As outboard motors began to increase in horsepower, speeds went up, and striking submerged objects became more dangerous. Manufacturers designed systems to handle the loads created from striking logs or other submerged objects, and ways to test those systems.
We (PGIC) cover log strike testing because the industry often uses log strike tests to evaluate propeller guards, most notably as a defense against the use of guards in propeller injury legal cases.
Part 2 of this post, Log Strike Testing Part 2 covers the testing of these systems at Mercury Marine.
Before we cover the history of log strike testing (in Part 2), we will first explain:
- Variables and Dynamics of a Log Strike
- Log Strikes With Manual Trim Systems
- Conventional Shock Absorbers as Log Strike Systems
- Hydraulic Trim Systems Are Challenged by Log Strikes
- Trim Cylinder Design for Absorbing / Cushioning Log Strikes
- Trim Cylinder Relief Valve Spring Rates and Preloads
- Trim Cylinder and Outboard Shock Absorber Patents
Note, some people spell log strike as logstrike.
Variables and Dynamics of a Log Strike
Boaters strike all kinds of submerged objects. Log strikes look simple, but they are complex, high speed impacts. Some of the variables / dynamics surrounding a log strike or similar incident are:
- Speed and mass of the boat, passengers, and gear
- Mass and center of gravity of the drive
- Size, dimensions, and shape of the log
- Mass of the log including absorbed water
- Added mass of the log – mass of water that must be displaced when the log is quickly accelerated by the drive
- Height on the drive leg where the log was struck
- Where the log was struck along its length and depth (with respect to its center line)
- Hardness / stiffness of the log
- How squarely the log was struck (glancing blow, obliquely, or straight on)
- Attitude of the boat and trim of the drive
Log Strikes With Manual Trim Systems
Early outboards were small, lower horsepower units without hydraulic systems for trim and tilt. Some used a series of pin holes in the outboard mounting bracket (often a series of 5 holes) and a pin to set the trim. The pin actually sets the lower limit of trim. If the unit hit something at speeds typical of small outboards, the drive could ride up over the object and fall back down to the pin setting.
A trim locking bracket was either manually or automatically engaged in reverse on some models to prevent the drive from raising when in reverse. If a boater forgot to disengage the reverse trim lock and struck something while going forward, some systems included a spring that could be overridden and still allow the drive to swing up over the submerged object.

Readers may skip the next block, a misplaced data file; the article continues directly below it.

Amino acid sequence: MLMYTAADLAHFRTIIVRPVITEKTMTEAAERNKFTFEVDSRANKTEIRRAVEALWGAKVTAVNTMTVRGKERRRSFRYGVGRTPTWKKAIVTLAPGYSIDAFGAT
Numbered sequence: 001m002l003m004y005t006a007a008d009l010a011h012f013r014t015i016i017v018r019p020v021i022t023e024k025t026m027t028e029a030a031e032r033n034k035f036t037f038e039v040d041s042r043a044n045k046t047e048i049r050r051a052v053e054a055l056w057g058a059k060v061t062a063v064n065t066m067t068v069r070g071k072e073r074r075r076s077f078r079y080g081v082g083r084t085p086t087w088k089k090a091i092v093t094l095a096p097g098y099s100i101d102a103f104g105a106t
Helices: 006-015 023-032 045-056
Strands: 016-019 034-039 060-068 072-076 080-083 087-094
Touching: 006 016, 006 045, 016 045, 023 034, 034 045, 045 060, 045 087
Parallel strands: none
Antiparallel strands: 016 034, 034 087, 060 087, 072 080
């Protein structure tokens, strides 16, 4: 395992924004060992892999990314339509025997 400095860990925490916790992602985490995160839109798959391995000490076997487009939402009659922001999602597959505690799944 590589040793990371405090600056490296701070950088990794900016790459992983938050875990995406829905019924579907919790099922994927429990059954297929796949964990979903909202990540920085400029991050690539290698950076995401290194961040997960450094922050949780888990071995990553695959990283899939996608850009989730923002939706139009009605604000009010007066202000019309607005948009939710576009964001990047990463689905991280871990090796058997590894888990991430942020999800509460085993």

Similar approaches are still used on today’s small outboards.
Conventional Shock Absorbers as Log Strike Systems
As speeds edged up and outboard started to get bigger, designers turned to conventional shock absorbers, including hydraulic shock absorbers to dampen log strikes (slow the upward swing of the drive). Mercury (Carl Kiekhaefer) and others turned to normal shock absorbers designed to provide minimal resistance when the outboard started to swing up, then resistance became stronger as the outboard cleared the water. Similarly, they provided minimal resistance when the outboard first started its downward swing (to allow it to get to the water faster).
Hydraulic Trim Systems Are Challenged by Log Strikes
As outboards continued to gain horsepower and weight, trim systems became hydraulic for convenience, and to handle the increased weight of larger outboards.
When an outboard or stern drive with hydraulic trim strikes a submerged log at even moderate speeds, the trim cylinder cylinder rod(s) tries to extend and is immediately placed under tension, tremendous pressures are almost instantly developed in the rod side of the trim cylinder as the cylinder rod tries to extend. Without some means of relieving these pressures and allowing the drive to swing back, up, and over the log, either the boat would be stopped in an instant (ejecting everybody), some drive components would fail allowing the drive to at partially or fully break loose, the transom of the boat would be partially or fully ripped off, or some combination of disastrous alternatives.